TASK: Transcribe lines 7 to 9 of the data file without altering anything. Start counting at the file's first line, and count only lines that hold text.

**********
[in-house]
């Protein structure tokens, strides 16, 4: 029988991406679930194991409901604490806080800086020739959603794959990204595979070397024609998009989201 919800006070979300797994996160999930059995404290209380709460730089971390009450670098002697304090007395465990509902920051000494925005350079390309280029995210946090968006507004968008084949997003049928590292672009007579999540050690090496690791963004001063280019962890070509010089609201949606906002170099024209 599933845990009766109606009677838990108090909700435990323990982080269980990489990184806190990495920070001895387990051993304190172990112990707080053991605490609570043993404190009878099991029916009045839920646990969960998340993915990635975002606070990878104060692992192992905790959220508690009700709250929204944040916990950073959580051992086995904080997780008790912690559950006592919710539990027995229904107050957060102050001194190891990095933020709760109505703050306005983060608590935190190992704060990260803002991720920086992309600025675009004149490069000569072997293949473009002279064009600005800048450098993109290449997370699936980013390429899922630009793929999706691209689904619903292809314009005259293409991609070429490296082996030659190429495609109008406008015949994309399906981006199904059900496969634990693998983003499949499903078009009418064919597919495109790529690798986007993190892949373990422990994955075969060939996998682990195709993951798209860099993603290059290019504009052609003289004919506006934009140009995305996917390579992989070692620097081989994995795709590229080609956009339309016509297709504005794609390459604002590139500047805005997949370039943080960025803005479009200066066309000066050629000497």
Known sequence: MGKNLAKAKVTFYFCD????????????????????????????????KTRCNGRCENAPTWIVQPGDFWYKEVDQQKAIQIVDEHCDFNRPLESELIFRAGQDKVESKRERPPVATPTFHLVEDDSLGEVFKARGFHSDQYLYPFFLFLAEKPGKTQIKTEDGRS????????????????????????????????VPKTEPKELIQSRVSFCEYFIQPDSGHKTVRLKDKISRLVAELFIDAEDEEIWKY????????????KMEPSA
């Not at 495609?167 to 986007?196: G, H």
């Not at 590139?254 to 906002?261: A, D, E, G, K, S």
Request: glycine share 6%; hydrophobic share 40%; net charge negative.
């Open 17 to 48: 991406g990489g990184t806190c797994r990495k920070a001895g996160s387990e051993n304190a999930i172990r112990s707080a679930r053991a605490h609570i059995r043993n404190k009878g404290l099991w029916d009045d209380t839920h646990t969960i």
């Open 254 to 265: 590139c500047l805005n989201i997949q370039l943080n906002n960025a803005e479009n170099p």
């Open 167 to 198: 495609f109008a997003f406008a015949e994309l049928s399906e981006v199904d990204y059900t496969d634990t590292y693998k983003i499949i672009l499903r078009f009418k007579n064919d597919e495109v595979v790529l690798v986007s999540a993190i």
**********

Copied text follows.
């Open 17 to 48: 991406g990489g990184t806190c797994r990495k920070a001895g996160s387990e051993n304190a999930i172990r112990s707080a679930r053991a605490h609570i059995r043993n404190k009878g404290l099991w029916d009045d209380t839920h646990t969960i």
């Open 254 to 265: 590139c500047l805005n989201i997949q370039l943080n906002n960025a803005e479009n170099p």
């Open 167 to 198: 495609f109008a997003f406008a015949e994309l049928s399906e981006v199904d990204y059900t496969d634990t590292y693998k983003i499949i672009l499903r078009f009418k007579n064919d597919e495109v595979v790529l690798v986007s999540a993190i």